What Should A Child Know Or Be Able To Do Before Starting School?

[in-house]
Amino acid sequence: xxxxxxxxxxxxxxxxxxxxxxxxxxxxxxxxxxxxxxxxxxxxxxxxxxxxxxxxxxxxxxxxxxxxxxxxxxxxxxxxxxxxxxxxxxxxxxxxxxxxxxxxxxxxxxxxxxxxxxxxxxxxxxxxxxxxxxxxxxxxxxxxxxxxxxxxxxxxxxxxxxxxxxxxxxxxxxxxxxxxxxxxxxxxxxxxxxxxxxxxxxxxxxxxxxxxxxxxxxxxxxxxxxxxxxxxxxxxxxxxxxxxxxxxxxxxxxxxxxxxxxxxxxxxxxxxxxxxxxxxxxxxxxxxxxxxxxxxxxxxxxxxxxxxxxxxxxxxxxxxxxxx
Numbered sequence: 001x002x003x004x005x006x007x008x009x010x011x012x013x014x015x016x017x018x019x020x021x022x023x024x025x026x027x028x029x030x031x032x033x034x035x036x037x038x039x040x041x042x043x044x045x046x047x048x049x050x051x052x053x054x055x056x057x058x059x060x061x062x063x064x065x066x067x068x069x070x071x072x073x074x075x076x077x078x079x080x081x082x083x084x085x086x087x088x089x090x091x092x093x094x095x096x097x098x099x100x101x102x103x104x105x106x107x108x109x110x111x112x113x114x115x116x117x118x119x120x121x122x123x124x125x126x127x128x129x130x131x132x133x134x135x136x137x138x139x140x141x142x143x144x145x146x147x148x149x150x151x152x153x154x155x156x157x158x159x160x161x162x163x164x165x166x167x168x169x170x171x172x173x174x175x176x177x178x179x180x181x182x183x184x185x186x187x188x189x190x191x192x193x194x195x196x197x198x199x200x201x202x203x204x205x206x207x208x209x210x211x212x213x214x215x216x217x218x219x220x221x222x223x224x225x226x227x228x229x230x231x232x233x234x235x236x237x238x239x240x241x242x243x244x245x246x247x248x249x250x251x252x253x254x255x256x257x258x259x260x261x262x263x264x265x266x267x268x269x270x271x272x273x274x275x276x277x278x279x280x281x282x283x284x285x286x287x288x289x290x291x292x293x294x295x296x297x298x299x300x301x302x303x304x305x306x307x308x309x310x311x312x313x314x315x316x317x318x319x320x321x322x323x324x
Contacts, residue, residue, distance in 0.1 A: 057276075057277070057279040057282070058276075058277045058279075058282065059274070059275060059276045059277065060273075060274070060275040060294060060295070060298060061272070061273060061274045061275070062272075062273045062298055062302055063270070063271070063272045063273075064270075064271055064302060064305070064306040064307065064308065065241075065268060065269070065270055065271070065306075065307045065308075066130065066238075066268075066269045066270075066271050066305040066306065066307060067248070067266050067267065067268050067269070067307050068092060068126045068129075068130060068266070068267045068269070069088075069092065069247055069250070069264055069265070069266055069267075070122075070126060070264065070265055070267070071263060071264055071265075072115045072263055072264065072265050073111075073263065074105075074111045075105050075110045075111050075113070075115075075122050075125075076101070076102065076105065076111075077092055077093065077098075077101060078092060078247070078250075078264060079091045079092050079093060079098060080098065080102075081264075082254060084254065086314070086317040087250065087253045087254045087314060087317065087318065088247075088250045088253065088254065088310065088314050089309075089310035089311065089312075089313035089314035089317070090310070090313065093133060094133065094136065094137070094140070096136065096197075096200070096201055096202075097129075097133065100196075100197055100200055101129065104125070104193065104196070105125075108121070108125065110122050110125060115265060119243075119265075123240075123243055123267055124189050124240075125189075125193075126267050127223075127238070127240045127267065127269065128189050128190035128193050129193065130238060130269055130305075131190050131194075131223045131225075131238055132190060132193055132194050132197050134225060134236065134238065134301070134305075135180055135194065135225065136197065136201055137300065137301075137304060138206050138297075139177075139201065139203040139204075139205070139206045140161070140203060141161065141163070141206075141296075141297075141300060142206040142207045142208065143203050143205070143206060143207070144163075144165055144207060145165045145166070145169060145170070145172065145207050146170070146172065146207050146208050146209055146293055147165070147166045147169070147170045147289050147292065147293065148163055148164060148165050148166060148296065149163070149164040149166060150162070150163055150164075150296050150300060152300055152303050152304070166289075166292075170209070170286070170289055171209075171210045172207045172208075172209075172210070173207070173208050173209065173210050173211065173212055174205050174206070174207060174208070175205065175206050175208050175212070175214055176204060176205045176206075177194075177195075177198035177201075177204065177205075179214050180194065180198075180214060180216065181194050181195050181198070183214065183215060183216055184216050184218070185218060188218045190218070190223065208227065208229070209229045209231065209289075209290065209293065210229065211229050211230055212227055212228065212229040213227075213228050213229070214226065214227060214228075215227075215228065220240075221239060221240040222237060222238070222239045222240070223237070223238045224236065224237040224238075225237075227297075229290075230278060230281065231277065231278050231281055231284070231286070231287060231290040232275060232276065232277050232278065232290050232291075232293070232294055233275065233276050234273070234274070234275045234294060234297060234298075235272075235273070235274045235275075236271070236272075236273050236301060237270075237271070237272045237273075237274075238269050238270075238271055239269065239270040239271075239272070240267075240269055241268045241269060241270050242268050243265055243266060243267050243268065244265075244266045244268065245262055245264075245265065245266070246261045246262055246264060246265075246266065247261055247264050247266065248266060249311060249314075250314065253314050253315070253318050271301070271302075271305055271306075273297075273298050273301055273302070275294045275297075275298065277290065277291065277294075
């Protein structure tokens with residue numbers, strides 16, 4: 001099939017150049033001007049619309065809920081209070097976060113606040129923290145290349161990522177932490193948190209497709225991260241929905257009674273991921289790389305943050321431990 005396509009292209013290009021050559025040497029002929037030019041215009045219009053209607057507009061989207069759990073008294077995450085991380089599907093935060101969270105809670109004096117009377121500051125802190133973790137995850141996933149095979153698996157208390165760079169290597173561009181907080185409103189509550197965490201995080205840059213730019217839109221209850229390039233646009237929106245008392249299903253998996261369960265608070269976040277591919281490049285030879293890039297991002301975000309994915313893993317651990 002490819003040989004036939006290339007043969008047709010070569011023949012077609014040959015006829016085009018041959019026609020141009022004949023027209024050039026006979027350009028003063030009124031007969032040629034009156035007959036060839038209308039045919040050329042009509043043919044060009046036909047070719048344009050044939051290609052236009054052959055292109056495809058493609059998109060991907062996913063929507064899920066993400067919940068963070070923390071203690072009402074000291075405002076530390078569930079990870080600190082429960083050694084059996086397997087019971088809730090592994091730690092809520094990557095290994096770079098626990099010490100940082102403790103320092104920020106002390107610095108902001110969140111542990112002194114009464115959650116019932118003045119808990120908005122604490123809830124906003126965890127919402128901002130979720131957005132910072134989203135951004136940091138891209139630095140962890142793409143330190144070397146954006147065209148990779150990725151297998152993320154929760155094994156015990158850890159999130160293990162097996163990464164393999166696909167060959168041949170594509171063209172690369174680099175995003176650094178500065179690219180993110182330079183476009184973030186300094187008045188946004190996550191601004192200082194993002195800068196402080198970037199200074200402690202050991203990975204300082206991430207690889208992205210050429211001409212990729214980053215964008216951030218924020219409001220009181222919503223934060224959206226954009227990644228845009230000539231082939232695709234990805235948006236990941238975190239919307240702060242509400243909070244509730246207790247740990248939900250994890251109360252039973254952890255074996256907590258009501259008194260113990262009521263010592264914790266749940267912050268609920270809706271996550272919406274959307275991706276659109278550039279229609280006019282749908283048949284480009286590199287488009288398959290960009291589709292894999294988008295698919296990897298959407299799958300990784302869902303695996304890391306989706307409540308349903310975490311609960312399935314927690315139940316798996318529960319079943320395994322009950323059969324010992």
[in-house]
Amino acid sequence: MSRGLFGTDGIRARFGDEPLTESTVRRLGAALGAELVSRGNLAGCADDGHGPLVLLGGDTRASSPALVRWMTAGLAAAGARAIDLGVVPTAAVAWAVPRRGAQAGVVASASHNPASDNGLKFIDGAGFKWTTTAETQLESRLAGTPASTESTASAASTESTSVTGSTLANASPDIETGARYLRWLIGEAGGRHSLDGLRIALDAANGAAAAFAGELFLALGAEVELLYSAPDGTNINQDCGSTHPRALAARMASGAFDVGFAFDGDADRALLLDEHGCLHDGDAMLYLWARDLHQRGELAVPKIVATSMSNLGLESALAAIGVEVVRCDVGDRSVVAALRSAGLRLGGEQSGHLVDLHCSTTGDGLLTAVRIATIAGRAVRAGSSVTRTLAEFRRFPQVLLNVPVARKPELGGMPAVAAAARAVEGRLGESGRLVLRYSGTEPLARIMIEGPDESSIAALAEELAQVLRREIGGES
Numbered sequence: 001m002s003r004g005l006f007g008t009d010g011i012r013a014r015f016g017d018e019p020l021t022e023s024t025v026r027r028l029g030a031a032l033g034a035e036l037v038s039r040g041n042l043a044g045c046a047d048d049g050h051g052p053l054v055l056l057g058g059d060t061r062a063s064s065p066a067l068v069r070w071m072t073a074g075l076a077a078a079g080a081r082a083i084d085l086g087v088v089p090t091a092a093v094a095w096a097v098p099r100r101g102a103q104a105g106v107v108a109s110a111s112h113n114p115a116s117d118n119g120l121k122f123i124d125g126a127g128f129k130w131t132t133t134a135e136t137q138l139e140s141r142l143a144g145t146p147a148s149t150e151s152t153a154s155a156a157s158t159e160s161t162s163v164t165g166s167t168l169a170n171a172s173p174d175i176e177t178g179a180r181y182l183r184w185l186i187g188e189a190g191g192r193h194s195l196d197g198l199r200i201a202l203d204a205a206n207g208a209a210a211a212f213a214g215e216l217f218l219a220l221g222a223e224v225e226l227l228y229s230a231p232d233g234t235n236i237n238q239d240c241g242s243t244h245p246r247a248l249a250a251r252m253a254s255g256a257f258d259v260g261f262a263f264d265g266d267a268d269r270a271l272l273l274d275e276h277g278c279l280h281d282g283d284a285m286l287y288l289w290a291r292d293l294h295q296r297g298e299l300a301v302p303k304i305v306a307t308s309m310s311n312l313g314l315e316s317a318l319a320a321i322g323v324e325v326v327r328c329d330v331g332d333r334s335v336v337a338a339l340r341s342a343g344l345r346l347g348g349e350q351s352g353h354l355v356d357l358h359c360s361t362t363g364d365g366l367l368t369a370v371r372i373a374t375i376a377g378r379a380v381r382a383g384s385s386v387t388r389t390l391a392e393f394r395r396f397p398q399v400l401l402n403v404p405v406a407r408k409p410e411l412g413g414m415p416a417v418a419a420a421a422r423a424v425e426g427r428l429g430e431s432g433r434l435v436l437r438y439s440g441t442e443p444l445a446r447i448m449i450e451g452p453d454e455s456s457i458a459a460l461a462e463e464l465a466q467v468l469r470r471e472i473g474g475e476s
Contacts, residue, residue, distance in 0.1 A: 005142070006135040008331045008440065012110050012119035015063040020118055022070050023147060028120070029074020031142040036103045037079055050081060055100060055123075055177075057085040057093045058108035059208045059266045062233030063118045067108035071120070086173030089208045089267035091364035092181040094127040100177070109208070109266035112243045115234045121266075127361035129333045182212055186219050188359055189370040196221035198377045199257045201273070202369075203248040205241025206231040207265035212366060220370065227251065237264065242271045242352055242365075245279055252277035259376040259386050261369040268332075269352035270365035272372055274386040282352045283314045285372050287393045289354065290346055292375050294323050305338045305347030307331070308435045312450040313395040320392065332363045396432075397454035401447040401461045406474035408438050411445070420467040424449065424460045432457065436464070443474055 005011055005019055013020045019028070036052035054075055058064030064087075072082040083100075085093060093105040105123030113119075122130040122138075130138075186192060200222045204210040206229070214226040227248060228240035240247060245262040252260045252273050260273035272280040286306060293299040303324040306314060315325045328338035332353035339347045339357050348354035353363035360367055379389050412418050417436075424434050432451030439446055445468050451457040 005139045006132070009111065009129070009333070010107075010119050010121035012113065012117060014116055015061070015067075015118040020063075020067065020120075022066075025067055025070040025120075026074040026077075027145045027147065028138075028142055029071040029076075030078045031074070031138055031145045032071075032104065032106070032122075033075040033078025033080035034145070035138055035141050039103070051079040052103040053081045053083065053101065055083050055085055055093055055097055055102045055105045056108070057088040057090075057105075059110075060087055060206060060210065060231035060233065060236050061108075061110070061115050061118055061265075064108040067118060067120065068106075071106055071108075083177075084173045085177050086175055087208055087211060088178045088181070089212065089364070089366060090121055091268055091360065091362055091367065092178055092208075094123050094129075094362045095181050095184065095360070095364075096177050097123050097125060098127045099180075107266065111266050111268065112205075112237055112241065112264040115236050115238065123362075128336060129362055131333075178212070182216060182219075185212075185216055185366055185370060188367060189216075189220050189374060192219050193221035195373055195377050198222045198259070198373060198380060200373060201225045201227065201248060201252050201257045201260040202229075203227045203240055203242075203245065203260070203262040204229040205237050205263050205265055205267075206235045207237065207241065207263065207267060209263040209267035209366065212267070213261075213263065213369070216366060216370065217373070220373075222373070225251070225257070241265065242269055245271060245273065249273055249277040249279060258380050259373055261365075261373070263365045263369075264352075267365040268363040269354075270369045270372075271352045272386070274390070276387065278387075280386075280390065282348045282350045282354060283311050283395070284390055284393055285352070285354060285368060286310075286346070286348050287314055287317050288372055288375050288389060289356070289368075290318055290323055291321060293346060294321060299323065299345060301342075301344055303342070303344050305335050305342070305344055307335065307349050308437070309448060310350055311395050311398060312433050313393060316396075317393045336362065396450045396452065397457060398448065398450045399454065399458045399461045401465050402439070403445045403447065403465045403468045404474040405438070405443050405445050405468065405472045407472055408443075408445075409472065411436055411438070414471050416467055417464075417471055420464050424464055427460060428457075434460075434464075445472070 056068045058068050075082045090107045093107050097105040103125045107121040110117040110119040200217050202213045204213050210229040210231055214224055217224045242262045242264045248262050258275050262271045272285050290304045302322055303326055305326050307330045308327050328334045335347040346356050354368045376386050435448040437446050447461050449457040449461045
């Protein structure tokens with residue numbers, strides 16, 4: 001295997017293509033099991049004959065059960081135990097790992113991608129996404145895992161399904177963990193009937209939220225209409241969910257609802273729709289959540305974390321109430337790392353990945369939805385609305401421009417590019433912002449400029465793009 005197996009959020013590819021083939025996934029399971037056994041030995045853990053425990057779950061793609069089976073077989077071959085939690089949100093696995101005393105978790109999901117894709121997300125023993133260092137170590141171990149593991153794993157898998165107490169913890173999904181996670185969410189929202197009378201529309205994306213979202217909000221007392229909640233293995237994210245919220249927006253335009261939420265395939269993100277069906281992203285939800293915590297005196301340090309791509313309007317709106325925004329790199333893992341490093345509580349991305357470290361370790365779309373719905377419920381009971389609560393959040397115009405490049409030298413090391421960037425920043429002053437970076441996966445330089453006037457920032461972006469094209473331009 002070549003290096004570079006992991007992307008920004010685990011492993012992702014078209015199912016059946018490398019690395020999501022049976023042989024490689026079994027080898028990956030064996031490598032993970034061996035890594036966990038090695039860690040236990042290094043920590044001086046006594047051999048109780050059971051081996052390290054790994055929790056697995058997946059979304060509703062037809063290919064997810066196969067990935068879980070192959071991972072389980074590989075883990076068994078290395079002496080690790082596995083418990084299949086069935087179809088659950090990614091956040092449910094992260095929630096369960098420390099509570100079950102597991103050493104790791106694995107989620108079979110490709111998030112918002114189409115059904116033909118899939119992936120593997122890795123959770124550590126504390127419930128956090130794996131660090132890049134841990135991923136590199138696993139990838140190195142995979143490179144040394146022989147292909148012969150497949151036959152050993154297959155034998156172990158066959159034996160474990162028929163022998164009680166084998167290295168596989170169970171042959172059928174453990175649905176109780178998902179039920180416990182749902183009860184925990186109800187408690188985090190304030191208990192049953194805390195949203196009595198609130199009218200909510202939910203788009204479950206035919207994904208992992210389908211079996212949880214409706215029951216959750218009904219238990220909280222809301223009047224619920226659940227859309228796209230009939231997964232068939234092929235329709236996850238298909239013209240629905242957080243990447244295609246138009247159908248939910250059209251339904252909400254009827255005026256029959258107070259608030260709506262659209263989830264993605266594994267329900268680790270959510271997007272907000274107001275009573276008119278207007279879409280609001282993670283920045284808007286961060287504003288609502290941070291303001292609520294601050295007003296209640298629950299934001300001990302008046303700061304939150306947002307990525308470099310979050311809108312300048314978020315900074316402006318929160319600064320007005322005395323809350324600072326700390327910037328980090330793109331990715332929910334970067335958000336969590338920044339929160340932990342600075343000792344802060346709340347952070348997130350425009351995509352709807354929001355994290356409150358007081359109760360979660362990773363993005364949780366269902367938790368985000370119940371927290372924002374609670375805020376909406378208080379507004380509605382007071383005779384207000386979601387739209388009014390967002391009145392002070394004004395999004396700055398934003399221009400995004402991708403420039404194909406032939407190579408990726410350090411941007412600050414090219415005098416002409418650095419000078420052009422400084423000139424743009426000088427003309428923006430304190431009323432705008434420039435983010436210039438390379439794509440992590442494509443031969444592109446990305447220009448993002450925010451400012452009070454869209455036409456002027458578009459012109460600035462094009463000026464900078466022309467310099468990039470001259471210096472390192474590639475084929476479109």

Starting school is a big step in every child’s development, isn’t it? It’s the end of an era. Our babies are officially not babies any more. They are fully fledged children. In the big school! We are parents of school-aged children. When did that happen? Seriously? It seems like four minutes since my baby was born, not four years. I’m not sure I’m ready for her to not be a baby. But, emotions aside, what should a child know or be able to do before starting school? How can we best prepare them so they easily settle into school? I asked my fellow bloggers for their opinions and this is what they came up with…   Know Their Own Name I think being able to recognise their name is a really good idea. Just so they know where to hang their coats on their pegs, which is their book etc. – Beth Law, Twinderelmo Our school have asked that he can recognise his name so he can go to his own peg and will know which clothes are his. – Emma Reed, Emma Reed   Dress Themselves My eldest starts in September too, and we’ve made sure she can put her coat on (and zip it up) by herself. Especially as she’ll be wearing it a lot of the time! – Emily Peacock, Emily and Indiana Which foot is which for putting shoes on, and practice with school shoes and plimsolls! – Gemma Hall, Mummy’s Waisted I would say being able to dress/undress themselves for PE and put shoes on the correct feet (so many times my daughter came home with shoes on wrong feet). – Lindsay Moles, Newcastle Family Life Getting dressed and undressed for PE, putting shoes and coats on are most important. – Hannah Collins, East Sussex Mummy   Numeracy/Literacy She can write her own name and copy words and knows most of her letters/numbers but I don’t think that’s particularly important as there are specific techniques they teach and they’ll get more than enough letters and phonics thrown at them in reception. – Frances Taylor, Whinge Whinge Wine My daughter starts reception in September and I think learning their phonics is really important. We’ve taken it a step further and taught we her how to read so far we up to level 4 on the dandelion launchers. – Maria Hughes, Happy Mummy   Toileting  Toilet wise the teachers won’t be able to help the same way as nursery staff can so some skills in that area will be necessary. – Hannah Collins, East Sussex Mummy   Lunchtime It’s helpful if they can carry a food tray for lunchtimes, it’s an easy thing to practice at home. – Kate Kirk, Counting to Ten Familiarising them with the dinner menu so they know what to expect if they have dinners! – Megan Morgan, Truly Madly Kids Being able to use a knife and fork if they are having school dinners (all children in reception entitled to a school lunch) and recognising their name. – Mandi Morrison, Big Family Organised Chaos   Don’t Worry They soon pick things up when they are doing them surrounded by classmates. They do get plenty of help if they’re stuck and pick things up super fast! – Donna Dundas, Bobsy’s Mum Any reception class should be fairly flexible and remember that at this point a lot of the learning is through play anyway. That said, most kids should be around the point they’re learning to do toilet stuff themselves. Don’t worry if they can’t write their name or count to twenty yet though. – Leigh Ramsden, Dad Geek   What are your thoughts on the above advice? Would you add anything else to the list? I must admit, when I read some of these I started to panic about whether Molly would be ready to start school. I recently wrote a post about the fact that I have been debating with myself about whether or not I should defer her start date as she’s a summer baby. But, every child is different and every child will learn at their own pace. Some children will find school easy; some may struggle. But at the end of the day, as long as the child is happy then that is all that matters to me. I’d love to hear what you think in the comments below.   Sam x